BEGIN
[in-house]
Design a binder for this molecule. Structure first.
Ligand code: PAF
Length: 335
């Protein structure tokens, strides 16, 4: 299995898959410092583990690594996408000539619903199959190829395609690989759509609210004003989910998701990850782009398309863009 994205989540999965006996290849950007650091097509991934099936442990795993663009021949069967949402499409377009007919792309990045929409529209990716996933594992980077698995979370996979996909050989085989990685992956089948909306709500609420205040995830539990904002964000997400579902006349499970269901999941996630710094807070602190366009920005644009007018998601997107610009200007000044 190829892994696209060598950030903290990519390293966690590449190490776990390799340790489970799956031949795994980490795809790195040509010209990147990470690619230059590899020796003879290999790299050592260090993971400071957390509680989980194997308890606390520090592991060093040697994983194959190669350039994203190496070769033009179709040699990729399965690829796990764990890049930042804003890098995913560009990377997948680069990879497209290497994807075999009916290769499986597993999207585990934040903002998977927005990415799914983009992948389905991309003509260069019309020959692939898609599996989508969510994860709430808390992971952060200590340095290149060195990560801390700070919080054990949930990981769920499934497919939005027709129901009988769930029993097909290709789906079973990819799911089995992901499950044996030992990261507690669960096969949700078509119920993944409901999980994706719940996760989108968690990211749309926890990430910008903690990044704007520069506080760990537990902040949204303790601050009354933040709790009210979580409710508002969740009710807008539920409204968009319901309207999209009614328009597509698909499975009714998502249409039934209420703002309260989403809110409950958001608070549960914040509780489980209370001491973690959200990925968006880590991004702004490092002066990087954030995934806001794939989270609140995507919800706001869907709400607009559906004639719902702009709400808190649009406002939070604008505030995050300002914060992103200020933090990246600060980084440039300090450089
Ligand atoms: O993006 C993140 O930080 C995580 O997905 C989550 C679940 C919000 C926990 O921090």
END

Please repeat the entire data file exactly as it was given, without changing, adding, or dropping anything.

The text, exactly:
[in-house]
Design a binder for this molecule. Structure first.
Ligand code: PAF
Length: 335
């Protein structure tokens, strides 16, 4: 299995898959410092583990690594996408000539619903199959190829395609690989759509609210004003989910998701990850782009398309863009 994205989540999965006996290849950007650091097509991934099936442990795993663009021949069967949402499409377009007919792309990045929409529209990716996933594992980077698995979370996979996909050989085989990685992956089948909306709500609420205040995830539990904002964000997400579902006349499970269901999941996630710094807070602190366009920005644009007018998601997107610009200007000044 190829892994696209060598950030903290990519390293966690590449190490776990390799340790489970799956031949795994980490795809790195040509010209990147990470690619230059590899020796003879290999790299050592260090993971400071957390509680989980194997308890606390520090592991060093040697994983194959190669350039994203190496070769033009179709040699990729399965690829796990764990890049930042804003890098995913560009990377997948680069990879497209290497994807075999009916290769499986597993999207585990934040903002998977927005990415799914983009992948389905991309003509260069019309020959692939898609599996989508969510994860709430808390992971952060200590340095290149060195990560801390700070919080054990949930990981769920499934497919939005027709129901009988769930029993097909290709789906079973990819799911089995992901499950044996030992990261507690669960096969949700078509119920993944409901999980994706719940996760989108968690990211749309926890990430910008903690990044704007520069506080760990537990902040949204303790601050009354933040709790009210979580409710508002969740009710807008539920409204968009319901309207999209009614328009597509698909499975009714998502249409039934209420703002309260989403809110409950958001608070549960914040509780489980209370001491973690959200990925968006880590991004702004490092002066990087954030995934806001794939989270609140995507919800706001869907709400607009559906004639719902702009709400808190649009406002939070604008505030995050300002914060992103200020933090990246600060980084440039300090450089
Ligand atoms: O993006 C993140 O930080 C995580 O997905 C989550 C679940 C919000 C926990 O921090």